I was a high jumper in high school. A very mediocre high jumper. Alice Coachman was a world class high jumper, ten time National Champion, and Olympic gold medalist. In and of themselves, these are huge accomplishments, but as an African American woman in 1940's Albany Alabama, these are truly remarkable.
Touch The Sky: Alice Coachman, Olympic High Jumper is the story of a young, poor, African American girl with big dreams and even bigger talent. Ann Malaspina wrote this captivating biography in lyrical free-verse, telling the story of Alice's life from her humble beginnings - she made her own high jump crossbar with sticks and rags - to the final page where Alice win's the Olympic gold medal in 1948.
The artwork captures Alice Coachman's story using beautiful illustrations by Eric Velasquez. The Author's Note at the end of the book tells more about this remarkable woman who continued to inspire others long after becoming the first African America woman to win an Olympic gold medal. The author includes early photos of Alice Coachman with her teammates from the Tuskegee Golden Tigerettes track team and of Alice in competition.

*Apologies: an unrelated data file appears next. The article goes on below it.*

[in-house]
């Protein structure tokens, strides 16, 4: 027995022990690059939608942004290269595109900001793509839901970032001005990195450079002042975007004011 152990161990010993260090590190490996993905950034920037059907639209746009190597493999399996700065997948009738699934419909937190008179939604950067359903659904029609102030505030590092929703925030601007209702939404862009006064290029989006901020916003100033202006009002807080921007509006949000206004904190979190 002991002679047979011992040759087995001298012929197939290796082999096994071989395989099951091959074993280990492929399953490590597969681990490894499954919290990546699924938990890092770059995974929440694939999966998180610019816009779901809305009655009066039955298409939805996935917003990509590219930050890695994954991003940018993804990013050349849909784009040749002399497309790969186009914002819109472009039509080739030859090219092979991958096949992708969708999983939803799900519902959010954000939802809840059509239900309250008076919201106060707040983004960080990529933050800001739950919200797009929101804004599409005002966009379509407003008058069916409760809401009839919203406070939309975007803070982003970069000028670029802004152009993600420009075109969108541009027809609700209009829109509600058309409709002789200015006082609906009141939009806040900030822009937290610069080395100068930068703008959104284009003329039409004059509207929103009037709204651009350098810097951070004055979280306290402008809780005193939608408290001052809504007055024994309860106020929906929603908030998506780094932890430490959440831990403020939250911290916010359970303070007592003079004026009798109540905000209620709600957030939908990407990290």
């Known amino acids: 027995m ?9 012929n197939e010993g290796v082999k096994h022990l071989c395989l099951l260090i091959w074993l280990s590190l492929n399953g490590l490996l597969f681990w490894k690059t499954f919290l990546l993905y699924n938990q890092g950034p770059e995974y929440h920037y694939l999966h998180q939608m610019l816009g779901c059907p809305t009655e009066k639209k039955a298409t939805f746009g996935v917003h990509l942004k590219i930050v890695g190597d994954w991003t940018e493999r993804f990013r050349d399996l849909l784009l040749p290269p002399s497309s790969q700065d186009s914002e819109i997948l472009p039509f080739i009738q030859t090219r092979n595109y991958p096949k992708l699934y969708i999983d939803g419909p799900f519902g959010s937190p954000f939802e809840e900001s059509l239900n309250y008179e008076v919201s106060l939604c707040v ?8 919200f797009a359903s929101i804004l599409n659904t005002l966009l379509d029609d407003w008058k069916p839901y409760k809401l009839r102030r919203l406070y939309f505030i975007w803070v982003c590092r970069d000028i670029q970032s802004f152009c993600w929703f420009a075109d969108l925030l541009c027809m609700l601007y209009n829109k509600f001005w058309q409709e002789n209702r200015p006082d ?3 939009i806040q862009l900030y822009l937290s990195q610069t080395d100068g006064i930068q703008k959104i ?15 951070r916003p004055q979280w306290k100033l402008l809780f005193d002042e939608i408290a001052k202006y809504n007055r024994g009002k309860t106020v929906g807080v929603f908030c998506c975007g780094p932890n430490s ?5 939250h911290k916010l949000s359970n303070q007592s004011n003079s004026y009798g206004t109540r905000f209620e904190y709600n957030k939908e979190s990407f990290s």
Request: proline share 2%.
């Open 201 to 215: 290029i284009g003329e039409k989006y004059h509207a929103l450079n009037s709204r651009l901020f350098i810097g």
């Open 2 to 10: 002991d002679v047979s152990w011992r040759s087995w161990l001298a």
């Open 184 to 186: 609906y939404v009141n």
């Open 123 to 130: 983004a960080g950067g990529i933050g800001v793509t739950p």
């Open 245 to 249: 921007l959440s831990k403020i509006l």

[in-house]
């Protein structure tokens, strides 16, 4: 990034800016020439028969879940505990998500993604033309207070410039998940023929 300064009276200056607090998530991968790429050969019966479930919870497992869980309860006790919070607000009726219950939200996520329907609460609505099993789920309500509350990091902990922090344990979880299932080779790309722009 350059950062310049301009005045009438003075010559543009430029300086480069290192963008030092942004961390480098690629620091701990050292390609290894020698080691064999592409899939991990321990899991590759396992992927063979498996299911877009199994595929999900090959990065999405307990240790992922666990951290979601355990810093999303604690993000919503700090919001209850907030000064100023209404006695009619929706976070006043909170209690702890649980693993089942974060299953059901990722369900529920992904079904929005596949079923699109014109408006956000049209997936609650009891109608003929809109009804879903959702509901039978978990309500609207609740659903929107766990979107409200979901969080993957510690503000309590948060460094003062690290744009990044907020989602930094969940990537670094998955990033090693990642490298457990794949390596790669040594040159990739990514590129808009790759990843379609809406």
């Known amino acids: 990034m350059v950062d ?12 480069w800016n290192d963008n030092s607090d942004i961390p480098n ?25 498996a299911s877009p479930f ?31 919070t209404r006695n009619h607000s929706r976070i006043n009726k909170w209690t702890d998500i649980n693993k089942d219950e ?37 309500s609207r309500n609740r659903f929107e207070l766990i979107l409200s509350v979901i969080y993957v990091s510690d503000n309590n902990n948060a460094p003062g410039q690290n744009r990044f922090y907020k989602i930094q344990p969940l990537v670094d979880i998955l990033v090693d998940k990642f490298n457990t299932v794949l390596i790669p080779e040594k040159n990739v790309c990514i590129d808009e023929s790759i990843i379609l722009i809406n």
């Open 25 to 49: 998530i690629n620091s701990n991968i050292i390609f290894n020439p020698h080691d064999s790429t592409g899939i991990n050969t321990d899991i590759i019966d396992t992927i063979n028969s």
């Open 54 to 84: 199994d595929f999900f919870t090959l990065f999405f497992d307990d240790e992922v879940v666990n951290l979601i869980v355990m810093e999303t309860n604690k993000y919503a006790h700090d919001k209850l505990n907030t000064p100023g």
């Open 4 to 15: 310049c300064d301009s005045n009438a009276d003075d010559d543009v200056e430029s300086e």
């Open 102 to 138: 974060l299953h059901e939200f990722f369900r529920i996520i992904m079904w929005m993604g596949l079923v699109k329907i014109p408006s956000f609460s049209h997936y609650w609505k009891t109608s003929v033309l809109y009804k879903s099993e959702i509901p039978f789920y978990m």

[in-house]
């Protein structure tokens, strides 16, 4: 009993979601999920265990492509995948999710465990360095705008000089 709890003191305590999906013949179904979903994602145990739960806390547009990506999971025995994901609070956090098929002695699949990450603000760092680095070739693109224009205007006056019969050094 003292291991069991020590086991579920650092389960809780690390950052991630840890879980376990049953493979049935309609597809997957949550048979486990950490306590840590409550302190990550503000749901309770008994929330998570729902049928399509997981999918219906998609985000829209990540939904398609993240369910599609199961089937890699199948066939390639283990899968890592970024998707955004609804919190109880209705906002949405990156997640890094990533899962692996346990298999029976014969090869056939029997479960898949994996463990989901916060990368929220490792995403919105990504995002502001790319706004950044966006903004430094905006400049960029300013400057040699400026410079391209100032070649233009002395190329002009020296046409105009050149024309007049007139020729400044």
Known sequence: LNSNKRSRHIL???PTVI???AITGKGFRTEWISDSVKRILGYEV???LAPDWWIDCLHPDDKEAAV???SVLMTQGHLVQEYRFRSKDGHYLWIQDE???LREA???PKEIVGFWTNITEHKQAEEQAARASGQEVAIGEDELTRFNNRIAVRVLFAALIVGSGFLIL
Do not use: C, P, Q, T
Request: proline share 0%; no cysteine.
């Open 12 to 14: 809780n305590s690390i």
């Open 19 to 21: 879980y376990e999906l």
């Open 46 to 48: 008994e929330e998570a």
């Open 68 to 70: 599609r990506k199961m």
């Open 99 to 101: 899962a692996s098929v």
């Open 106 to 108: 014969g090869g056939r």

I try to read to my fourth grade son as much as possible, but sometimes he just doesn't want me to. Fair enough. I've always preferred reading to being read to. I decided to share Touch the Sky with him. I wanted a more mature perspective on the free verse story than my six year old daughter could provide. He really enjoyed it. He loves watching the Summer Olympics (me too) and thought it was cool that Alice Coachman won her gold medal in the same city where the 2012 Olympics will be held. And, he loved the poetry.
Blog you later!